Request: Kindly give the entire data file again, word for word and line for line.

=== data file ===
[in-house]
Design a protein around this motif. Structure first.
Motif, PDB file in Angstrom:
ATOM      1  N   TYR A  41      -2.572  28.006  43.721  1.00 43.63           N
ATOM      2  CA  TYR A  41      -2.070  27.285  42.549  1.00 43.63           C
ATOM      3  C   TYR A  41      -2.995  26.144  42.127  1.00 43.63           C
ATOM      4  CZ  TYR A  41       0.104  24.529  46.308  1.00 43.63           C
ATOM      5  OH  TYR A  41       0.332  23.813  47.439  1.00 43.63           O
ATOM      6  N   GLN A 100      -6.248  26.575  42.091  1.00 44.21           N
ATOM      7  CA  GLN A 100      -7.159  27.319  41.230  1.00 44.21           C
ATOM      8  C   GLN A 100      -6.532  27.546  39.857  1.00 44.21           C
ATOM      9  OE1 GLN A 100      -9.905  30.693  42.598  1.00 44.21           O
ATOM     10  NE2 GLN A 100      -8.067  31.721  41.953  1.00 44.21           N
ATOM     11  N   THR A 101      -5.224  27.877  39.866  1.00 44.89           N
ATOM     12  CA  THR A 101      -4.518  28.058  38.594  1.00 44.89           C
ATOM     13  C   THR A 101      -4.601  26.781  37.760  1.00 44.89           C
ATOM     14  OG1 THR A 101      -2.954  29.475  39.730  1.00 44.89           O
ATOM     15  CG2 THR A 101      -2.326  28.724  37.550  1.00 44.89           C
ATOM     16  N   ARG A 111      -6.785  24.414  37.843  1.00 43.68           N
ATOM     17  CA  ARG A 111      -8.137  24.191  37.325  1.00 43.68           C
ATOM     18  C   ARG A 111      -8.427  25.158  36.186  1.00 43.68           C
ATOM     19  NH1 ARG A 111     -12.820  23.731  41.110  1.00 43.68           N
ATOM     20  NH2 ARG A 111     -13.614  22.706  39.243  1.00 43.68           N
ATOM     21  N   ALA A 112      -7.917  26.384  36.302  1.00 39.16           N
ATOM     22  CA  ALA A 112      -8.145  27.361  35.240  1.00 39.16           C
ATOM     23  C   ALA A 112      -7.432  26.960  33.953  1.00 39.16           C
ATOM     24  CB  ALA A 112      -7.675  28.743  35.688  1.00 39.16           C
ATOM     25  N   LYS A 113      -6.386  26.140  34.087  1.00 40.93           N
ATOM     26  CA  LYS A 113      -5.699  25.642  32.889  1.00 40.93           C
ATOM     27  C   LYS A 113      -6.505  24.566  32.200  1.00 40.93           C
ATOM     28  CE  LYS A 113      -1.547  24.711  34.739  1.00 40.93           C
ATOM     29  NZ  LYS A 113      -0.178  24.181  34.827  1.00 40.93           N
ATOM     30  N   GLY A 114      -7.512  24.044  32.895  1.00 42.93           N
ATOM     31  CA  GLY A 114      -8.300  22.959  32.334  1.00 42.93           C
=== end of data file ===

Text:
[in-house]
Design a protein around this motif. Structure first.
Motif, PDB file in Angstrom:
ATOM      1  N   TYR A  41      -2.572  28.006  43.721  1.00 43.63           N
ATOM      2  CA  TYR A  41      -2.070  27.285  42.549  1.00 43.63           C
ATOM      3  C   TYR A  41      -2.995  26.144  42.127  1.00 43.63           C
ATOM      4  CZ  TYR A  41       0.104  24.529  46.308  1.00 43.63           C
ATOM      5  OH  TYR A  41       0.332  23.813  47.439  1.00 43.63           O
ATOM      6  N   GLN A 100      -6.248  26.575  42.091  1.00 44.21           N
ATOM      7  CA  GLN A 100      -7.159  27.319  41.230  1.00 44.21           C
ATOM      8  C   GLN A 100      -6.532  27.546  39.857  1.00 44.21           C
ATOM      9  OE1 GLN A 100      -9.905  30.693  42.598  1.00 44.21           O
ATOM     10  NE2 GLN A 100      -8.067  31.721  41.953  1.00 44.21           N
ATOM     11  N   THR A 101      -5.224  27.877  39.866  1.00 44.89           N
ATOM     12  CA  THR A 101      -4.518  28.058  38.594  1.00 44.89           C
ATOM     13  C   THR A 101      -4.601  26.781  37.760  1.00 44.89           C
ATOM     14  OG1 THR A 101      -2.954  29.475  39.730  1.00 44.89           O
ATOM     15  CG2 THR A 101      -2.326  28.724  37.550  1.00 44.89           C
ATOM     16  N   ARG A 111      -6.785  24.414  37.843  1.00 43.68           N
ATOM     17  CA  ARG A 111      -8.137  24.191  37.325  1.00 43.68           C
ATOM     18  C   ARG A 111      -8.427  25.158  36.186  1.00 43.68           C
ATOM     19  NH1 ARG A 111     -12.820  23.731  41.110  1.00 43.68           N
ATOM     20  NH2 ARG A 111     -13.614  22.706  39.243  1.00 43.68           N
ATOM     21  N   ALA A 112      -7.917  26.384  36.302  1.00 39.16           N
ATOM     22  CA  ALA A 112      -8.145  27.361  35.240  1.00 39.16           C
ATOM     23  C   ALA A 112      -7.432  26.960  33.953  1.00 39.16           C
ATOM     24  CB  ALA A 112      -7.675  28.743  35.688  1.00 39.16           C
ATOM     25  N   LYS A 113      -6.386  26.140  34.087  1.00 40.93           N
ATOM     26  CA  LYS A 113      -5.699  25.642  32.889  1.00 40.93           C
ATOM     27  C   LYS A 113      -6.505  24.566  32.200  1.00 40.93           C
ATOM     28  CE  LYS A 113      -1.547  24.711  34.739  1.00 40.93           C
ATOM     29  NZ  LYS A 113      -0.178  24.181  34.827  1.00 40.93           N
ATOM     30  N   GLY A 114      -7.512  24.044  32.895  1.00 42.93           N
ATOM     31  CA  GLY A 114      -8.300  22.959  32.334  1.00 42.93           C